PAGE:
Noor: Another movie that proves book adaptations never work out
Perhaps the notion that ‘no movie can come close to its book’ holds true for all movies and especially so for the recently released, ‘Noor’. The movie, adapted from Saba Imtiaz’s novel ‘Karachi, You’re Killing Me!’ narrates the life of Noor Roy Chaudhary (Sonakshi Sinha) who dreams of making it big in the field of journalism. Her big, round glasses may make her look nerdy but her acting is just average.
Noor has spent most of her career covering small and insignificant events but she dreams big; she aspires to cover a story so spectacular that it would transform her status as a reporter. Her work-life balance could be seen as a case study for young professionals working in demanding jobs. However, some moments in the film seem unrealistic. For one, the fact that Noor’s father understands every idea she puts forth doesn’t seem very believable – considering the fact that in an Indian society, parents are extra cautious about their children’s well-being, and even more so when it comes to their daughters.
Conversely, Noor’s overall character and the way she handles her profession as well as her life goals are relatable.
Noor is a light-hearted romantic comedy with some twists and turns. Noor’s portrayal of a 28-year-old girl hits the sweet spot. The story mainly follows Noor’s life with Sinha recounting some of the events through voice-overs; this makes the movie a rather personal affair and helps the viewers really understand Noor’s life.
The dialogues are simple and believable; the credit must go to Althea Delmas-Kaushal, Shikhaa Sharma and Sunhil Sippy who as scriptwriters kept the essence of Imtiaz’s book intact. However, the movie could have done with more in-depth explanations of the events that occurred.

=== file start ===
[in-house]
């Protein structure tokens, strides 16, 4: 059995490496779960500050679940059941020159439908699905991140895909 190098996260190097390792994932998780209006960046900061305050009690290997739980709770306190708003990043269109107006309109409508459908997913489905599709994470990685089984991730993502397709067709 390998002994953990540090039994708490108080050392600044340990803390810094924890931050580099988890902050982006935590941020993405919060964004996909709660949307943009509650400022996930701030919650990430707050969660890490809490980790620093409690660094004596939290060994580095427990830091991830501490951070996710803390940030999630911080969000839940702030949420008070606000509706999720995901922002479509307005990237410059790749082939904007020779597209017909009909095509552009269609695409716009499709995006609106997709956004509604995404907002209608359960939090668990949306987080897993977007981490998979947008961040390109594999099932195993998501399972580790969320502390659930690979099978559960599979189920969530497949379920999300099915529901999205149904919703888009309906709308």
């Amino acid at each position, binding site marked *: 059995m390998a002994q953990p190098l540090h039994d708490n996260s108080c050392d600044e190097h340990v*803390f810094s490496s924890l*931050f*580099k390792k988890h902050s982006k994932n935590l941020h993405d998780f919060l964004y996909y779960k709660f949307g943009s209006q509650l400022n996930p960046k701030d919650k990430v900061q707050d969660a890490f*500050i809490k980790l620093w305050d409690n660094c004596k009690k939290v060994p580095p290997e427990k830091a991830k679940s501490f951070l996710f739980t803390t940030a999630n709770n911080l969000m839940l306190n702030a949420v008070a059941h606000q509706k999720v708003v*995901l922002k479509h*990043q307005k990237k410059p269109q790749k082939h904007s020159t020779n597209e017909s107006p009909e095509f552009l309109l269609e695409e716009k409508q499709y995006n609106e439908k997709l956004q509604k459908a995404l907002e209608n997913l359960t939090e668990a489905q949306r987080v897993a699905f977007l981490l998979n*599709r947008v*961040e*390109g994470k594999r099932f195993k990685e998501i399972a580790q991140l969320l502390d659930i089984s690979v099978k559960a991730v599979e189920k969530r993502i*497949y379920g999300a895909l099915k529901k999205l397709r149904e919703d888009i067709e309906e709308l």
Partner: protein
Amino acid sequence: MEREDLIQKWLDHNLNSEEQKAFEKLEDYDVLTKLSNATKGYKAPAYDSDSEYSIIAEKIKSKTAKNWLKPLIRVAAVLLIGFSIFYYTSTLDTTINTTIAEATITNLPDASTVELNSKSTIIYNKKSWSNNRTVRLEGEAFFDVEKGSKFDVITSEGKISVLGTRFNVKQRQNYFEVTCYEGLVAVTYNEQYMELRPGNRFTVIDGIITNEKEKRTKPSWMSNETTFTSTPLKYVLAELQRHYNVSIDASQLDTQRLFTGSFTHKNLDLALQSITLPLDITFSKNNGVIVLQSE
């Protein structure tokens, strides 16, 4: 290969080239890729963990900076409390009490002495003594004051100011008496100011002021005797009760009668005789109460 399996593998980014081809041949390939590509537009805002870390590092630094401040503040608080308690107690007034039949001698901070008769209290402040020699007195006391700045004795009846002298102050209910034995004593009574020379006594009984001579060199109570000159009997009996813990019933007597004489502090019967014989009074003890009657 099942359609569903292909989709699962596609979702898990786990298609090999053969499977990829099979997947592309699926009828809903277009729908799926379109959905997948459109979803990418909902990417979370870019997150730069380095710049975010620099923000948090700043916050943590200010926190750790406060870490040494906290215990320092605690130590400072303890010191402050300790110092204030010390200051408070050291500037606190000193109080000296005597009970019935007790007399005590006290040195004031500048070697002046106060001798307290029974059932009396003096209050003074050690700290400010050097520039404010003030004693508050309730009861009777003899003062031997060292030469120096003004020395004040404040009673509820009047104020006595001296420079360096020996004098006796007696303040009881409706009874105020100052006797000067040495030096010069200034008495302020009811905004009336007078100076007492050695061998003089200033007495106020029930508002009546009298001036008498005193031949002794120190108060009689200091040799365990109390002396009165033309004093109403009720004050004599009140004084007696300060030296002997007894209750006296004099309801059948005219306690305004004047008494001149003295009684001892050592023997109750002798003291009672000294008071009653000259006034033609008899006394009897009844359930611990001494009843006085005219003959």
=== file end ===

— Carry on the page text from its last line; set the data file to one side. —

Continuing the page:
Despite these drawbacks, Sinha’s facial expressions make her an attractive character. Her expressions make her look like the ‘girl next door’, thus instantly drawing the viewers towards her.
Noor’s personal life is a mistake magnet. She experiences misadventures because of her clumsiness while her professional life is stuck in a rut. She has ideas to further expand upon her journalistic career and also possesses that determination, however, her boss (Manish Chaudhary), the complete opposite of her father, does not let her do her job with the freedom she desires.
Accompanying the story is a nice collection of songs including a cheerful song ‘Uff Yeh Noor’ by Armaan Malik, ‘Gulabi 2.0’ (which is a party version of the popular ‘Gulabi Aankhen Jo Teri Dekhi’), a romantic number ‘Jise Kehte Pyaar Hai’, and ‘Hai Zaroori’ which has a gloomy touch to it.
Directed by Sippy, the movie has a higher level of believability. A girl with a character and profession akin to Noor, facing similar problems and surroundings, can be living in any part of the world, even in your city. This is shunning any idea of mediocrity from the movie.
Noor focuses on problems and issues any 28-year-old girl living in India or the subcontinent would ponder upon including career growth, finding the right life partner and losing weight. When Noor is pondering over her purpose in life, an investigative story falls on her lap thus giving her the much-needed motivation she was seeking to add some thrill to her job.
How will this investigative story change her life? Will she get into trouble? Will she ever remain the same happy and spontaneous Noor? You will be glued to your seat while she uncovers the dark truth behind this report.
Furthermore, the arrival of a photojournalist, Ayananka Banerjee (Purab Kohli), in Noor’s life changes her priorities while she is working on her investigative story. Will Noor also drag Ayananka into trouble? She discovers that a journalist is not merely reporting events but is on a mission to bring out the truth. And she realises that revealing the truth is not that easy.
Despite the ups and downs in Noor’s life, the story does not, in depth and in detail, explain the grim implications of what mental and emotional stress Noor endures while uncovering the case. This makes the movie quite shallow akin to the book it is adapted from, and trust me, it’s a book you cannot put down until you finish it.
My advice: Watch this movie only if you are a Sinha fan.
The views expressed by the writer and the reader comments do not necessarily reflect the views and policies of The Express Tribune.